Aggravating factors can make DWI penalties even more severe

In New Hampshire and Massachusetts, if you attempt to operate a motor vehicle while under the influence of alcohol or drugs, you can be charged with DWI (driving while intoxicated) or DUI (driving under the influence). Both charges are essentially the same and can bring some substantial consequences if you are convicted. Those penalties are made even worse if you are charged with an aggravating factor and the offense is bumped up to Aggravated DWI or DUI.

Those aggravating factors include:

  • Exceeding the speed limit by more than 30 mph
  • Driving with a passenger under 16 years old
  • Attempting to elude law enforcement by speeding up, turning off headlights, abandoning a vehicle, or other evasive actions
  • Causing an accident that results in serious bodily injury
  • Operating a vehicle with a blood alcohol content of .16% or more

Normally, a person can be charged with DWI or DUI if their blood alcohol content is .08% or more. However, if you are an underage driver (under 21), you can be charged if your blood alcohol content is .02% or more.

Aggravated DWIs are Class A misdemeanors, except when there is serious bodily injury, which enhances the charge to a Class B felony. Fines can range into thousands of dollars and jail sentences of 14 days up to seven years.

Needless to say, if you are charged with Aggravated DWI, you face serious consequences requiring a skilled and experienced defense attorney. The loss of your license can be especially difficult if you hold a commercial license and are required to drive for your job.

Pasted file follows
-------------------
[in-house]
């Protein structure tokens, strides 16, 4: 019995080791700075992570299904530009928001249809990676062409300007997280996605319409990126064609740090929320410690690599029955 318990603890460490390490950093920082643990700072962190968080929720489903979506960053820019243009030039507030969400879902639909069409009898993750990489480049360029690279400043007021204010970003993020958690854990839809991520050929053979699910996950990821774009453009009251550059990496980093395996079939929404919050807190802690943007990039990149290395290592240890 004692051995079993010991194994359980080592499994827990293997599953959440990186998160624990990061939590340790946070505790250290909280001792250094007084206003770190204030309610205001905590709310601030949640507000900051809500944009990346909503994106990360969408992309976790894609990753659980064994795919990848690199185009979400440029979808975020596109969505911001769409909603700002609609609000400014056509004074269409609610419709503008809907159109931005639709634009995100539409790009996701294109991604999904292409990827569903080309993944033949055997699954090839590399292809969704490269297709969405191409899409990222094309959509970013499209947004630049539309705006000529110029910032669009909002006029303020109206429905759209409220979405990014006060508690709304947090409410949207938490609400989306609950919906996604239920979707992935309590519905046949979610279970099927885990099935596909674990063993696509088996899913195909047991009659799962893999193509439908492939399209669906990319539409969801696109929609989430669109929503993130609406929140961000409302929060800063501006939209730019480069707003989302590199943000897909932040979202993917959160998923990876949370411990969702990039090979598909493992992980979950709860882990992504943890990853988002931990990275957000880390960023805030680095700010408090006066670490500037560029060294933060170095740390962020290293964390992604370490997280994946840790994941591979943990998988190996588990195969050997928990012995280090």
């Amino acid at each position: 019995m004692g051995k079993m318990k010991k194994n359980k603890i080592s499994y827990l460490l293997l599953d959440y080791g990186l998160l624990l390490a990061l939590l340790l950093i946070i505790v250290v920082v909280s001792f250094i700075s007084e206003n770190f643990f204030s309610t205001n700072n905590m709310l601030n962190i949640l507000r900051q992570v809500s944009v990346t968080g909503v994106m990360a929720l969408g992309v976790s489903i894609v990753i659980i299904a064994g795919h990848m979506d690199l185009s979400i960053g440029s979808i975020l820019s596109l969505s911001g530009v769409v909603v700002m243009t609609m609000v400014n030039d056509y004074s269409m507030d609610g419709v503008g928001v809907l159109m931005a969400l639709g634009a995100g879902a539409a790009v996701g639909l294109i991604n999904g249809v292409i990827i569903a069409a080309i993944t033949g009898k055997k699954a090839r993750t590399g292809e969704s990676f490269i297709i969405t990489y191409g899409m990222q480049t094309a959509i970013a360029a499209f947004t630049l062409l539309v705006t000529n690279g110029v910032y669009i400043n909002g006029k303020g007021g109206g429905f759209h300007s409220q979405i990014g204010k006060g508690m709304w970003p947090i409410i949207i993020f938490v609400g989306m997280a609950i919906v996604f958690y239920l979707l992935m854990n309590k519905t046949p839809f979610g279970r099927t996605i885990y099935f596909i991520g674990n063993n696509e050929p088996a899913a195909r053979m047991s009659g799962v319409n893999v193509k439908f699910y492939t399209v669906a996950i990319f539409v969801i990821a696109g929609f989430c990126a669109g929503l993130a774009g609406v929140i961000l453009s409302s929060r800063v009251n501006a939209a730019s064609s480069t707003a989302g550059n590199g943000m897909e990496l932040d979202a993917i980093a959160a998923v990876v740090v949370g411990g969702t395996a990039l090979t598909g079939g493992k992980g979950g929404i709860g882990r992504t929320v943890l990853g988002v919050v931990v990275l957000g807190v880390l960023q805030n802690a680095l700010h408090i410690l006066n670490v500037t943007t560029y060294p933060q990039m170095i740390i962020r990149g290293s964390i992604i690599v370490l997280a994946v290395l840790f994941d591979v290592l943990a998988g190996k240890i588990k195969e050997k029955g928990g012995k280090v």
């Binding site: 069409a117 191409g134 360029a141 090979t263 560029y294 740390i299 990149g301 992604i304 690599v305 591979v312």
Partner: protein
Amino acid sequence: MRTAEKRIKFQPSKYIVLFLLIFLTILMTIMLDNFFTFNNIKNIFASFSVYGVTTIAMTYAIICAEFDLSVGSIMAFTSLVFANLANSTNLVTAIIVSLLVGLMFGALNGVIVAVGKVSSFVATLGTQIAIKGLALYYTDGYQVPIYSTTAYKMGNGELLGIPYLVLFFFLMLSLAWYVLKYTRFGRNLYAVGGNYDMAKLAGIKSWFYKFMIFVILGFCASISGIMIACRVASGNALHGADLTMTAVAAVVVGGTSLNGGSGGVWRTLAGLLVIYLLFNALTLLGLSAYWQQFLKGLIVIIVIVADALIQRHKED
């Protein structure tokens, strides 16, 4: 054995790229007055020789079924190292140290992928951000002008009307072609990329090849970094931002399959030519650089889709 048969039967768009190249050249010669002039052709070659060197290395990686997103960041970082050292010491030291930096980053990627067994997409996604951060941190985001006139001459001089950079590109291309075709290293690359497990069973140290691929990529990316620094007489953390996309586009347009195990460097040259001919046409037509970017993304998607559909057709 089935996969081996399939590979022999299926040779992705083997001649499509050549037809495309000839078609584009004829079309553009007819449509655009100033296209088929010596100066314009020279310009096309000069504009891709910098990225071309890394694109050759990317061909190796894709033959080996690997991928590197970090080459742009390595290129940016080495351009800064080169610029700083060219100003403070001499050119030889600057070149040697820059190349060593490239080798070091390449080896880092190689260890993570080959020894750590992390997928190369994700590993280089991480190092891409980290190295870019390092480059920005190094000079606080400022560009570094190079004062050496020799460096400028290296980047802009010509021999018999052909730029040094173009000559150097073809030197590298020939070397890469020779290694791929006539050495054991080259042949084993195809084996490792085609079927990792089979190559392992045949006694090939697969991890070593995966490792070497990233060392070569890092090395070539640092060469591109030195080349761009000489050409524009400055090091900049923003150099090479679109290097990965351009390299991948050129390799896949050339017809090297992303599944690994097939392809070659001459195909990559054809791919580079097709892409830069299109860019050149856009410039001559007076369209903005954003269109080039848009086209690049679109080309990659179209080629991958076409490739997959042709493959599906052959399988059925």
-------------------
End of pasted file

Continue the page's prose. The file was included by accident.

Because every case is different, you should immediately contact an attorney after you are charged. Do not make any statements to law enforcement officials until you have had the opportunity to consult with an attorney who will protect your rights and work hard to preserve your freedom.

Bowser Law serves clients in communities throughout Massachusetts and New Hampshire.

Understanding the differences between DUI, DWI and OUI charges

There are a number of different charges that can be brought against you if you operate a motor vehicle after you have used drugs or alcohol in Massachusetts or New Hampshire. Regardless of which offense you are charged with, you will need an experienced drunk driving defense attorney to help you defend yourself.

There are three primary charges that can be filed against you, and it is important to know and understand the similarities and the differences of each one.

DUI. Driving Under the Influence. If you’re charged with a first offense of DUI, then it will be categorized as an Operating Under the Influence (OUI) offense and can result in harsh penalties. Unless there are extenuating circumstances, most drivers will not receive maximum fines and punishment, but even lesser penalties mean thousands of dollars in fines. To be charged with a DUI, a person must exceed the minimum threshold of .08% blood alcohol level (BAC). Upon conviction, a first-time offender can expect to receive a license suspension of anywhere from 45 to 90 days, one year of probation, and mandatory participation in a 16-week drug and alcohol education program.